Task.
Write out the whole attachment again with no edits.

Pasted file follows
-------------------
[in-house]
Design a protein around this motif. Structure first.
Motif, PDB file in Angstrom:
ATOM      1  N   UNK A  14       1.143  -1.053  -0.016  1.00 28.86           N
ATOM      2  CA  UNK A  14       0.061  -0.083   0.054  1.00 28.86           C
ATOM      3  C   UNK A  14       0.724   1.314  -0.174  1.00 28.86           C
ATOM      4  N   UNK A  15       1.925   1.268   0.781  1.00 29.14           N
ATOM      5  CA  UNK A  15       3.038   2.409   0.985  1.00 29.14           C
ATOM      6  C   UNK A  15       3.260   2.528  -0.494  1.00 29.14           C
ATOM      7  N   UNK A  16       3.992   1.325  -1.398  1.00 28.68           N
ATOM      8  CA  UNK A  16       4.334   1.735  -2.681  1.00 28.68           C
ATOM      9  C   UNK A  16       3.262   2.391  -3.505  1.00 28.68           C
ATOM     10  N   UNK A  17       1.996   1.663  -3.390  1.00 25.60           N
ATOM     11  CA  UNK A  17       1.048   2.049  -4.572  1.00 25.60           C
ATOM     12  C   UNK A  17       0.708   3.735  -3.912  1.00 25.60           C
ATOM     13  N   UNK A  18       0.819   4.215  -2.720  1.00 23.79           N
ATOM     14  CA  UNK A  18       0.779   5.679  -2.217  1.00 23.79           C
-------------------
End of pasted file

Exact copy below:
[in-house]
Design a protein around this motif. Structure first.
Motif, PDB file in Angstrom:
ATOM      1  N   UNK A  14       1.143  -1.053  -0.016  1.00 28.86           N
ATOM      2  CA  UNK A  14       0.061  -0.083   0.054  1.00 28.86           C
ATOM      3  C   UNK A  14       0.724   1.314  -0.174  1.00 28.86           C
ATOM      4  N   UNK A  15       1.925   1.268   0.781  1.00 29.14           N
ATOM      5  CA  UNK A  15       3.038   2.409   0.985  1.00 29.14           C
ATOM      6  C   UNK A  15       3.260   2.528  -0.494  1.00 29.14           C
ATOM      7  N   UNK A  16       3.992   1.325  -1.398  1.00 28.68           N
ATOM      8  CA  UNK A  16       4.334   1.735  -2.681  1.00 28.68           C
ATOM      9  C   UNK A  16       3.262   2.391  -3.505  1.00 28.68           C
ATOM     10  N   UNK A  17       1.996   1.663  -3.390  1.00 25.60           N
ATOM     11  CA  UNK A  17       1.048   2.049  -4.572  1.00 25.60           C
ATOM     12  C   UNK A  17       0.708   3.735  -3.912  1.00 25.60           C
ATOM     13  N   UNK A  18       0.819   4.215  -2.720  1.00 23.79           N
ATOM     14  CA  UNK A  18       0.779   5.679  -2.217  1.00 23.79           C